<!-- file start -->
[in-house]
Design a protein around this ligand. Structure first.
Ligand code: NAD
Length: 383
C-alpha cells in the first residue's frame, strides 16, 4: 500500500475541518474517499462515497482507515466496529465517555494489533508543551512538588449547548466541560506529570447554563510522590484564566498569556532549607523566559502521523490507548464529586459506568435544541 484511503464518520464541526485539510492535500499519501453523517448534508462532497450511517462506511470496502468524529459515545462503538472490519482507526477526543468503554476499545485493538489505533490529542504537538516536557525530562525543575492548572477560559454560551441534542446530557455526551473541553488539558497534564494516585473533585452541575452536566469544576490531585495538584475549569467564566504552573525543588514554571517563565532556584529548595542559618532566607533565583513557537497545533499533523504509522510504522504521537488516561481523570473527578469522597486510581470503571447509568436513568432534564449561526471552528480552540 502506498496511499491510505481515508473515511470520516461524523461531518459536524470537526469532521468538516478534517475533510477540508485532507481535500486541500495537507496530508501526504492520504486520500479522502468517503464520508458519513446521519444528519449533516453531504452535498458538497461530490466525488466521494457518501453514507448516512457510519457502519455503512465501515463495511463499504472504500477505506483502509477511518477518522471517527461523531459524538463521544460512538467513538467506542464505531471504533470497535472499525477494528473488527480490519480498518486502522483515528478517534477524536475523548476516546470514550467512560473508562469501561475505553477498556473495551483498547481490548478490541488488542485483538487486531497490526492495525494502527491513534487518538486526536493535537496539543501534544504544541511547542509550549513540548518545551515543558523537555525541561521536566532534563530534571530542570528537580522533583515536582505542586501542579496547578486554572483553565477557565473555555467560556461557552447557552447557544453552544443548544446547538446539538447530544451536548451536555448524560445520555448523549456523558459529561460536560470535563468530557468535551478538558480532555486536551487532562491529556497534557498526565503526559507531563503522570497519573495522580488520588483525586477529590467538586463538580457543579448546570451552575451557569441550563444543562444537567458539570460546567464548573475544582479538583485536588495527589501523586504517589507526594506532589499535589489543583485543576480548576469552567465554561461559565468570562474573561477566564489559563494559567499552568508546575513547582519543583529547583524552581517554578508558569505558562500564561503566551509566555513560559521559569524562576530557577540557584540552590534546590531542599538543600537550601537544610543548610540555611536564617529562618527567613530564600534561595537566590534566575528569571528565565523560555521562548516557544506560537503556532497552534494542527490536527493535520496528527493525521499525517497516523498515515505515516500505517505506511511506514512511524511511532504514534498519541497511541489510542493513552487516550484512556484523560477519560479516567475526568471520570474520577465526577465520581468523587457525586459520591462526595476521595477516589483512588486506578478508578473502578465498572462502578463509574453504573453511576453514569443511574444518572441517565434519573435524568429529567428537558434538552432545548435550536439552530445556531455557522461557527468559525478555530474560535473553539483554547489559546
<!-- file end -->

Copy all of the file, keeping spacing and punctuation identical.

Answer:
[in-house]
Design a protein around this ligand. Structure first.
Ligand code: NAD
Length: 383
C-alpha cells in the first residue's frame, strides 16, 4: 500500500475541518474517499462515497482507515466496529465517555494489533508543551512538588449547548466541560506529570447554563510522590484564566498569556532549607523566559502521523490507548464529586459506568435544541 484511503464518520464541526485539510492535500499519501453523517448534508462532497450511517462506511470496502468524529459515545462503538472490519482507526477526543468503554476499545485493538489505533490529542504537538516536557525530562525543575492548572477560559454560551441534542446530557455526551473541553488539558497534564494516585473533585452541575452536566469544576490531585495538584475549569467564566504552573525543588514554571517563565532556584529548595542559618532566607533565583513557537497545533499533523504509522510504522504521537488516561481523570473527578469522597486510581470503571447509568436513568432534564449561526471552528480552540 502506498496511499491510505481515508473515511470520516461524523461531518459536524470537526469532521468538516478534517475533510477540508485532507481535500486541500495537507496530508501526504492520504486520500479522502468517503464520508458519513446521519444528519449533516453531504452535498458538497461530490466525488466521494457518501453514507448516512457510519457502519455503512465501515463495511463499504472504500477505506483502509477511518477518522471517527461523531459524538463521544460512538467513538467506542464505531471504533470497535472499525477494528473488527480490519480498518486502522483515528478517534477524536475523548476516546470514550467512560473508562469501561475505553477498556473495551483498547481490548478490541488488542485483538487486531497490526492495525494502527491513534487518538486526536493535537496539543501534544504544541511547542509550549513540548518545551515543558523537555525541561521536566532534563530534571530542570528537580522533583515536582505542586501542579496547578486554572483553565477557565473555555467560556461557552447557552447557544453552544443548544446547538446539538447530544451536548451536555448524560445520555448523549456523558459529561460536560470535563468530557468535551478538558480532555486536551487532562491529556497534557498526565503526559507531563503522570497519573495522580488520588483525586477529590467538586463538580457543579448546570451552575451557569441550563444543562444537567458539570460546567464548573475544582479538583485536588495527589501523586504517589507526594506532589499535589489543583485543576480548576469552567465554561461559565468570562474573561477566564489559563494559567499552568508546575513547582519543583529547583524552581517554578508558569505558562500564561503566551509566555513560559521559569524562576530557577540557584540552590534546590531542599538543600537550601537544610543548610540555611536564617529562618527567613530564600534561595537566590534566575528569571528565565523560555521562548516557544506560537503556532497552534494542527490536527493535520496528527493525521499525517497516523498515515505515516500505517505506511511506514512511524511511532504514534498519541497511541489510542493513552487516550484512556484523560477519560479516567475526568471520570474520577465526577465520581468523587457525586459520591462526595476521595477516589483512588486506578478508578473502578465498572462502578463509574453504573453511576453514569443511574444518572441517565434519573435524568429529567428537558434538552432545548435550536439552530445556531455557522461557527468559525478555530474560535473553539483554547489559546